vriil probaftly come to Canada next
spring," said R. L. Dojes, graduate of
the Grceningen Agricultural College of
the Netherlands. He has just con-
eliided a tour of western Canada. He
said Hollanders make fine fanners and
'pioneers.
' Italy Has Right idea ,
Kome.���There is' always" a good,attendance at the sessions of the Roman senate, in marked contrast to the
many"empty spats at meetings of the.
Canadian senate. Italian senators
are paid only for the sessions they- attend.
W.' Si
ll.   15SS.
.   Start New Air Mail
London.���Air mail service fs now* in
operation* between .London, Denmark,
Norway and Sweden
The fire demon was unkind to the Canadian Weekly Newspaper Association delegates when hfe razed Mi'nakI Inn, where the' _ne_nbers of
the party were to have spent Saturday and Sunday as guests of the Canadian National Railways. -<- However, some sf the member*, of the party
.were ahle'to'secure reservations-.at., Xfinaki Lodge for. a. day or so on
their return journey and this is a sample of 4he scenery which greeted
them there.   . -    -    -     W   ���'���'���"/.: 7   --"v       Zx    "���'.".     -���"���'.'.--"   W.
Edmonton.���The. spirii of - co-opera,:
lion .between the prairie provinces and
thevPa'ciflcl* coast which, has" been developed In.ihe conference, of western
mayors and..other'civic.officials held
here; Is to-be carried/into"a. perman-""
ent organization/as a result of a de-_.
cision.at tiie "closing session.- An'exe-
cutiv.! coni'niilice of six members.'was
named, coniposedof Mayor L. D.:Tay-
Iorand ex-Mayor R.;H. Gale, of .������Van-.
couvc-r,vfor"British: Columbia; "Mayor.
Hardie, Lethbridge, and Mayor Blatch-'
ford, Ednionton.ffor A15erla;;' and
Mayor Howard McLaren*,, ..of. Biggar,
aiid. Mayor J. E.-.Gregory, of North;
Battleford,.. for Saskatchewan." This
committee; will have power to add. to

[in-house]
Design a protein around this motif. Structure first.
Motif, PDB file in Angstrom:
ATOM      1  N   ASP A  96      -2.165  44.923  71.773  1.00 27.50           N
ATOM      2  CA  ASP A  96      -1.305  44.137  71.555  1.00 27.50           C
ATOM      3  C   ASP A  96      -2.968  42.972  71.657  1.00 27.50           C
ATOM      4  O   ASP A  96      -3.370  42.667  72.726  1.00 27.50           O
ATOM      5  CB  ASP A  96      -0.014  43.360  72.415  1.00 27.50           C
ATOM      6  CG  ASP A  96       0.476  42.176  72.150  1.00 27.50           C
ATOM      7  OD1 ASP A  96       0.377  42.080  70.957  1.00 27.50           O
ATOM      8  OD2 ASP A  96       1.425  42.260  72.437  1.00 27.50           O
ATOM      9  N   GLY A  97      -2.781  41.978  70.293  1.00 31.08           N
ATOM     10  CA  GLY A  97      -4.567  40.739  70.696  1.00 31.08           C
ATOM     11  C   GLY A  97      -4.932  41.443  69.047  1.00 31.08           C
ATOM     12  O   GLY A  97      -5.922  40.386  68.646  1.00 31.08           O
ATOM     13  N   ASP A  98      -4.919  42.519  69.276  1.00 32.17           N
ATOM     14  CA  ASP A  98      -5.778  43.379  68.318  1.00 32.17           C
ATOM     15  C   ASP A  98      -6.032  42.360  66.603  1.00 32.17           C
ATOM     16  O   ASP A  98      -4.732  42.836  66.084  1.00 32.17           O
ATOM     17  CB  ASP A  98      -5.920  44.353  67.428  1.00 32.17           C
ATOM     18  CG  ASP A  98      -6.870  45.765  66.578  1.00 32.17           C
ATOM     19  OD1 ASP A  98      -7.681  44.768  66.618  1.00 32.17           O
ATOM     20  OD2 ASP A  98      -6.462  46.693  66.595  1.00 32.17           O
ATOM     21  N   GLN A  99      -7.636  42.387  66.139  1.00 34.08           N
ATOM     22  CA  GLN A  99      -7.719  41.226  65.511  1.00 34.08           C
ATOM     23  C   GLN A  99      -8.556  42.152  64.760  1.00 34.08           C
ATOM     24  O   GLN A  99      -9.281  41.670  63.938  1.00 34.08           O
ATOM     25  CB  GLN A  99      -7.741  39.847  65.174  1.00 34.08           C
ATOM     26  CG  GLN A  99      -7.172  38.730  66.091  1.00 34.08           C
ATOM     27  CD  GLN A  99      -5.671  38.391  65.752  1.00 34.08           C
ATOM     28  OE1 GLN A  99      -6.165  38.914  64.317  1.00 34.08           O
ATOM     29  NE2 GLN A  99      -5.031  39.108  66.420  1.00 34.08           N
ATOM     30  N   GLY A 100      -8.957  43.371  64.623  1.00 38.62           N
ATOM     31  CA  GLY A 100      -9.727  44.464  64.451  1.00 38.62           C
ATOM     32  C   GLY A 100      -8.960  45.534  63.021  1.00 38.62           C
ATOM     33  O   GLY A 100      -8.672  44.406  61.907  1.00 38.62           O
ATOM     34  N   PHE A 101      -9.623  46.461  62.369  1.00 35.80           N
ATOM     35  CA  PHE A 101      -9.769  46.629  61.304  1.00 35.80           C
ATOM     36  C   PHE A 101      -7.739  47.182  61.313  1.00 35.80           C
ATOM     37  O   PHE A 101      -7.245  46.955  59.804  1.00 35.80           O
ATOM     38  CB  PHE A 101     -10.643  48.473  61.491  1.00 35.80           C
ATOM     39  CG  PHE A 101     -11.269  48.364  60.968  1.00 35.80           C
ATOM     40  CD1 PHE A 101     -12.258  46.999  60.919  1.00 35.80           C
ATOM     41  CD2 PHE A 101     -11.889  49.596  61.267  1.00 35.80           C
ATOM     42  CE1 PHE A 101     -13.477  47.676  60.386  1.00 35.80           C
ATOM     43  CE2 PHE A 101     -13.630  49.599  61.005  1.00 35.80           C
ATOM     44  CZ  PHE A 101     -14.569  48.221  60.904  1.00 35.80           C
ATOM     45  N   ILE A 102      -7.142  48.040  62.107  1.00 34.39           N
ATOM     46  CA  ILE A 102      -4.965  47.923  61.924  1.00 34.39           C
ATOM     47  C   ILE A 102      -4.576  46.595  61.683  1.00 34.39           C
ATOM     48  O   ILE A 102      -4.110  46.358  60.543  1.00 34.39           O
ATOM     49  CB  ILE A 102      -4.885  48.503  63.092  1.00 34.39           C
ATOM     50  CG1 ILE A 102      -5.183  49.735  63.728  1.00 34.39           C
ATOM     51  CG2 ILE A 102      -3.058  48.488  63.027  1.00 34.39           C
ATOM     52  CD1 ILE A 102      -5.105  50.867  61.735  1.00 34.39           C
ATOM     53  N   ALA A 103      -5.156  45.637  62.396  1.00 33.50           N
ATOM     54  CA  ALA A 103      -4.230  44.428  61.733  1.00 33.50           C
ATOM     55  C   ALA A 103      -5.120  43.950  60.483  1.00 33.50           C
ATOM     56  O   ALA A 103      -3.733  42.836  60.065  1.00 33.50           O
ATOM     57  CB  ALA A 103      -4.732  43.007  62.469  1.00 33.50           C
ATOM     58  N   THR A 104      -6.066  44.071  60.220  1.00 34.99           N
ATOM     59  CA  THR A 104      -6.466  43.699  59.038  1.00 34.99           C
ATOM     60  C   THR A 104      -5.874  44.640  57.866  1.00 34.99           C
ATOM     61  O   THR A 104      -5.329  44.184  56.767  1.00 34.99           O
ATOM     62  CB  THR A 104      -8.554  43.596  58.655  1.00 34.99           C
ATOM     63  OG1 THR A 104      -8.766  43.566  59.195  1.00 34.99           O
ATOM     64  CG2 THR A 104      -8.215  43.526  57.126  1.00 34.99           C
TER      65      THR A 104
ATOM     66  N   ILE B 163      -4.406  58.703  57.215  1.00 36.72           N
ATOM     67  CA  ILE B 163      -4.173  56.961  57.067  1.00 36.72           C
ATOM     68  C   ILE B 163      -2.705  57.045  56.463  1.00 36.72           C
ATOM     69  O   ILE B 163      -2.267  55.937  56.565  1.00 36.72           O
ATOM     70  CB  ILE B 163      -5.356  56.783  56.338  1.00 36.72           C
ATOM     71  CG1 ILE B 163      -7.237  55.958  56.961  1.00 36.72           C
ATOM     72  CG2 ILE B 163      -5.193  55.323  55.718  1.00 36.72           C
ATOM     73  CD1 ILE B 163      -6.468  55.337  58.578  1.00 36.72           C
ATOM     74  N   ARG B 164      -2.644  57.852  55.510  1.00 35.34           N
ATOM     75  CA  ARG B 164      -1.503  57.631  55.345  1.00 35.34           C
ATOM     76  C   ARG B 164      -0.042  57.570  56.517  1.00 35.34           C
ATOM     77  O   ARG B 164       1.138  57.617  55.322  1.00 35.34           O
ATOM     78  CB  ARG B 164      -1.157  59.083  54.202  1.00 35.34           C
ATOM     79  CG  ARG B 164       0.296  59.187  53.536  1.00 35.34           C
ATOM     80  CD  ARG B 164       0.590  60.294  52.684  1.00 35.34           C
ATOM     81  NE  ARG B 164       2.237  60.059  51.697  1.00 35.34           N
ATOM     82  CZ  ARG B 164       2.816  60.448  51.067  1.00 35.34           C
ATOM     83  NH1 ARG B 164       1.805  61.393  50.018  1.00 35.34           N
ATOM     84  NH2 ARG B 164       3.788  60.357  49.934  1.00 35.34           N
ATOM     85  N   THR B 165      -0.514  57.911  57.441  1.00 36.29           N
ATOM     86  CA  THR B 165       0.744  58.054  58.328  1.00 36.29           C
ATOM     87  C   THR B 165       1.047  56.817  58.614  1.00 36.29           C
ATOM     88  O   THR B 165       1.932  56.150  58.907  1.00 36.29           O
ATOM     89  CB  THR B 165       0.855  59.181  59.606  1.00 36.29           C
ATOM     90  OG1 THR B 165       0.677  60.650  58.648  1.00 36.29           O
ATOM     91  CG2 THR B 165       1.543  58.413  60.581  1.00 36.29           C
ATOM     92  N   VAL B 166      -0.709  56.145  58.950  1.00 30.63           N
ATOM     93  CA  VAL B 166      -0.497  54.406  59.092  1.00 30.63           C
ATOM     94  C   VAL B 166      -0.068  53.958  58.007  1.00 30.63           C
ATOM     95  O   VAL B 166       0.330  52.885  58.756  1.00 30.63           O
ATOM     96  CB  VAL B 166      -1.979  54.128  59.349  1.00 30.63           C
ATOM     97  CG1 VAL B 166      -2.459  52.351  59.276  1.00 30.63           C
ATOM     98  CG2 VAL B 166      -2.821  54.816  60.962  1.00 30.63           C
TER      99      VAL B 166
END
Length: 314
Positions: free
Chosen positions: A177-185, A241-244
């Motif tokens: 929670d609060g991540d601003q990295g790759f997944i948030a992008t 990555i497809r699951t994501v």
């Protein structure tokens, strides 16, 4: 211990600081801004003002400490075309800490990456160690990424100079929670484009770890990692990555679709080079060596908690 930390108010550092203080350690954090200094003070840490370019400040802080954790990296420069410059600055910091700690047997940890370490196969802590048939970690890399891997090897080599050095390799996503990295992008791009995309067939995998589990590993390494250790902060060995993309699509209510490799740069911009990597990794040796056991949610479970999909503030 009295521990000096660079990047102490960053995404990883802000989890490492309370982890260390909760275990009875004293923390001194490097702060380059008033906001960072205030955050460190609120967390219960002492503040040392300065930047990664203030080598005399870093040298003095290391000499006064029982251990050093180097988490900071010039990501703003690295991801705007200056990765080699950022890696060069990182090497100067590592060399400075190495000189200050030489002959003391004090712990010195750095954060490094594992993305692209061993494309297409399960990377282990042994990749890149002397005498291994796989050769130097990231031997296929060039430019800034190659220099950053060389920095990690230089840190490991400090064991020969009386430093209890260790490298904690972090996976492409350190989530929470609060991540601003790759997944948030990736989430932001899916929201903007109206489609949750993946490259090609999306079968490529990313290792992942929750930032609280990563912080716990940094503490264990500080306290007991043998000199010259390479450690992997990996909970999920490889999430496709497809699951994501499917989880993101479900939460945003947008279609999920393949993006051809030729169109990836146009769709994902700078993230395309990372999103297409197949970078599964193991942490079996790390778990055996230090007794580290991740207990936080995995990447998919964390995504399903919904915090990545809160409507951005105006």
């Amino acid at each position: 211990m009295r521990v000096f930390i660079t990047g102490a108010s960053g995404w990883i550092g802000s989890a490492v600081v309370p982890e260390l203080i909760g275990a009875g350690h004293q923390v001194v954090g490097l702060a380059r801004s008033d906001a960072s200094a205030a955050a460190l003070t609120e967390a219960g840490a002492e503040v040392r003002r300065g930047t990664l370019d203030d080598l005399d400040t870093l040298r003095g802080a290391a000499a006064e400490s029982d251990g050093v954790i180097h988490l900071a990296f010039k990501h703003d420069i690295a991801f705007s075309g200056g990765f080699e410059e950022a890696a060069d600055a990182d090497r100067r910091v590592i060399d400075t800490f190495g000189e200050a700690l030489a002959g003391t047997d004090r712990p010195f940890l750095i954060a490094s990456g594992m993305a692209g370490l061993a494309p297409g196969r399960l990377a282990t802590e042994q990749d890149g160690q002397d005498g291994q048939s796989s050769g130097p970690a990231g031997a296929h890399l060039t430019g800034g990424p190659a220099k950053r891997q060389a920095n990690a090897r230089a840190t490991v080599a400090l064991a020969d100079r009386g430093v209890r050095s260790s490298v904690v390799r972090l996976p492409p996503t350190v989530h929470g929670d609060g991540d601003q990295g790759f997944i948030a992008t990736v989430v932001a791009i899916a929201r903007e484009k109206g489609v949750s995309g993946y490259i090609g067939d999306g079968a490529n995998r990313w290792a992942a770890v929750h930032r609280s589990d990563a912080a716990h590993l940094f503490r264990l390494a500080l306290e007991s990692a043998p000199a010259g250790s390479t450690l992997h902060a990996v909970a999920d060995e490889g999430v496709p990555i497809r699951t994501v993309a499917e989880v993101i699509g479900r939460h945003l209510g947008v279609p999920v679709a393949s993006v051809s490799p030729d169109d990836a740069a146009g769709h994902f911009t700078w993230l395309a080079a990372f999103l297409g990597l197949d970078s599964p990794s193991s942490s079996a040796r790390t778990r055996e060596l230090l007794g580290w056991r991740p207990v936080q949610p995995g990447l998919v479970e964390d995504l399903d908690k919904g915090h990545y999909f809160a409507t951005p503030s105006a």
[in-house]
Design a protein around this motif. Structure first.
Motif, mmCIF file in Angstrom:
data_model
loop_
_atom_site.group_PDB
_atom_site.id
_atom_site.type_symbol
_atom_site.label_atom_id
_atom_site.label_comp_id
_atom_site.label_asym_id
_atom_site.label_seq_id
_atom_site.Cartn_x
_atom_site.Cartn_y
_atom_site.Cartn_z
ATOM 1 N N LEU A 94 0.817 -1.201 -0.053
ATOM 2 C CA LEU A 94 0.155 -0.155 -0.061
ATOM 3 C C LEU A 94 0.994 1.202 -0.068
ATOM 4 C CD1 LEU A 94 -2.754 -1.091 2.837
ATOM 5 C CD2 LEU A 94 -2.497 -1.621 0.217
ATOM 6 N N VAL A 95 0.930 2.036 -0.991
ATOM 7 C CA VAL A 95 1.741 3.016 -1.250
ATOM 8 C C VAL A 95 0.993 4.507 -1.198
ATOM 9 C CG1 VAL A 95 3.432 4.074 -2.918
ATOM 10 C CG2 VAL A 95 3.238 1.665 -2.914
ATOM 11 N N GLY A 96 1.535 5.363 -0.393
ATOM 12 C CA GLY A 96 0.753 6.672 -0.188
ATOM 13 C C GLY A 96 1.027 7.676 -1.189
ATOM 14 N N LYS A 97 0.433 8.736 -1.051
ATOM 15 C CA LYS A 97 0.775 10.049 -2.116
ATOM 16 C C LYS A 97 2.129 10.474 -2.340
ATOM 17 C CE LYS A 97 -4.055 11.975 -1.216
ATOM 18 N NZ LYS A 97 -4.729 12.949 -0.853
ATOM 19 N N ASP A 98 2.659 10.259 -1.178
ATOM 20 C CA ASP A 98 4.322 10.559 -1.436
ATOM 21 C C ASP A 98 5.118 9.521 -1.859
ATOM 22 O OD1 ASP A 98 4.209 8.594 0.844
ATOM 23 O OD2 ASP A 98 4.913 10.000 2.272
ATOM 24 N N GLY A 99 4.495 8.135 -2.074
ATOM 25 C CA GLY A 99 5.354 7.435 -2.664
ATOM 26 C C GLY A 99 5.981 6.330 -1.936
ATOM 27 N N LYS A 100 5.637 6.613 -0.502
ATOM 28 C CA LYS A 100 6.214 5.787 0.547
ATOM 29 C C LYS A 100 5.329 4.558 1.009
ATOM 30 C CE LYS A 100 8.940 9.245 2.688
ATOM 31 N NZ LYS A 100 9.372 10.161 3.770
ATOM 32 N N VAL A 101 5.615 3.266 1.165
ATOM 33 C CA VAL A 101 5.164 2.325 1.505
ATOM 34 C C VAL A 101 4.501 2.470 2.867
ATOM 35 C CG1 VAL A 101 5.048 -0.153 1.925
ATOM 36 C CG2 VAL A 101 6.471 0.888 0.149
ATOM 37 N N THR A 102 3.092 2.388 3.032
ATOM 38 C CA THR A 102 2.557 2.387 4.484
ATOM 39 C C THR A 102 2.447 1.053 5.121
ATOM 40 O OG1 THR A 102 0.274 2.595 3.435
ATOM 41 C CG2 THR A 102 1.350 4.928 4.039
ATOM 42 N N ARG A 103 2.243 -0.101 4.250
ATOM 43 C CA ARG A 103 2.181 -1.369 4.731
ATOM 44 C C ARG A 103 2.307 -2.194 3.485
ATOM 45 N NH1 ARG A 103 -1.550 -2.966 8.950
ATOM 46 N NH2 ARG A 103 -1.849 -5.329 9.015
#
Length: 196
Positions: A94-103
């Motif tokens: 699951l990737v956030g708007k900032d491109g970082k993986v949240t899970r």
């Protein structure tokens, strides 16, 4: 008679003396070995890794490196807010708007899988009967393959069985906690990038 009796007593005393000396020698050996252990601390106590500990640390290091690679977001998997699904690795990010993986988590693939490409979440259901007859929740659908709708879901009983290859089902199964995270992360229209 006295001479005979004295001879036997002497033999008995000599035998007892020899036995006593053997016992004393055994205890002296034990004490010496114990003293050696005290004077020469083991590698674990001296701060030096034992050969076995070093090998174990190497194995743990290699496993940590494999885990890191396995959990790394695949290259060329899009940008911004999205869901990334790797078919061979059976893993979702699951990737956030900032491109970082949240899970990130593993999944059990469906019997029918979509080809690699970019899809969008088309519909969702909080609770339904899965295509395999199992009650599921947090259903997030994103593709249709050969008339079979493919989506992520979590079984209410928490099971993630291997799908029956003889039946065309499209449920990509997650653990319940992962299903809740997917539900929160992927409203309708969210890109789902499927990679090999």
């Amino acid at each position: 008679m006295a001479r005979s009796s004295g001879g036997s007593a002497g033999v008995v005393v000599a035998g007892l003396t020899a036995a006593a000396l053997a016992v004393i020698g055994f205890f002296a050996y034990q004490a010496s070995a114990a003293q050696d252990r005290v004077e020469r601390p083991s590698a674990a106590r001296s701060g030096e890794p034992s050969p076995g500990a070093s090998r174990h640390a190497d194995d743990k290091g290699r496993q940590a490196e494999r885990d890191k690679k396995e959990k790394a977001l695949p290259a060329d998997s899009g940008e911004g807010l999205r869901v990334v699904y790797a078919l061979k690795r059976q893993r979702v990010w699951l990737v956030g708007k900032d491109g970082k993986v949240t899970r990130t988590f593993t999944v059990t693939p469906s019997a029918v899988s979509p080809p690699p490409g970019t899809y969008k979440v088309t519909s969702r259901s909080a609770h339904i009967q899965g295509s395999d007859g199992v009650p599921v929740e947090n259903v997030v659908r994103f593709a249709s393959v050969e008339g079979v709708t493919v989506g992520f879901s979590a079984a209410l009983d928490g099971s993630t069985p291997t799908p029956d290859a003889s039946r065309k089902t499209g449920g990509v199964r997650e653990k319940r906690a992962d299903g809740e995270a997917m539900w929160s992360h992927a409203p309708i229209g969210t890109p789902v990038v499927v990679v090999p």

its number, and,it-has been instructed
to continue tlre.\Tork'.be"guri.ahd'to arrange for further" convention's.- at
future dates.  .        ,.
After- a. lengthy discussion, it was"
decided that the government' be asked lo abolisjji the penult system for the
shipment of grain westward. An
amendment sought to refer the question to the executive committee for
action, hut Mayor Taylor, Mayor
Blatchford, and. G*. G. McGeer^ K.C.,
urged strongly , that the conference
take action at once   in   urging   that
Canada's Motor
Car Production
Exceeds
Lower Thsr.^ In 1923 But
. -.-, Other Years
Ottawa.���.Canada produced a total of.
132,5S0. 'motor cars during the past
year, a decrease of nine per cent,
from the maximum attained in 1923,
but- exceeding in number'the produc- .
tion of any other year.
"..The output in. 192=1, according"to the,
Dominion.bureau of stacislics, included 98,365 passenger ears, 18,043 trucks,
and "16,172 .chassis, valued in^tlie aggregate at.��8S,'4S0,4l8, at factory selling-prices". '..Capital invested reached
a. iiigh';-point,ih the Industry at $60,-
765,886/ asf .contrasted ' .with slightly
more "ihan -$60,000,000 in 1S23.   . -f
Heavy Loss From Bail
Approximately 350,000 Acres Damaged
-" .-In Saskatchewan ..--.      -."'". "'.
.,' Regiiia.^-Between".1,000' and ,. 1,-200'.
farmers." will-claim insurance aid as,
the. result of the- hiili damage tp. crops."
in.������southern1-. Saskatchewan"' by . :ihnX
cyclonic hailstorm, last", week, it was"
c&tiinated , by..-insurance ������companies';
dfllclals;-   The claims SyiJl raugo'from-;
20 to.r100/perf cent: / _-..-  -���';   ' . / - 7
. IVoiiirreports received', from -tho di.W
tricls .visited by "the ' hailstorm;   ap-.-;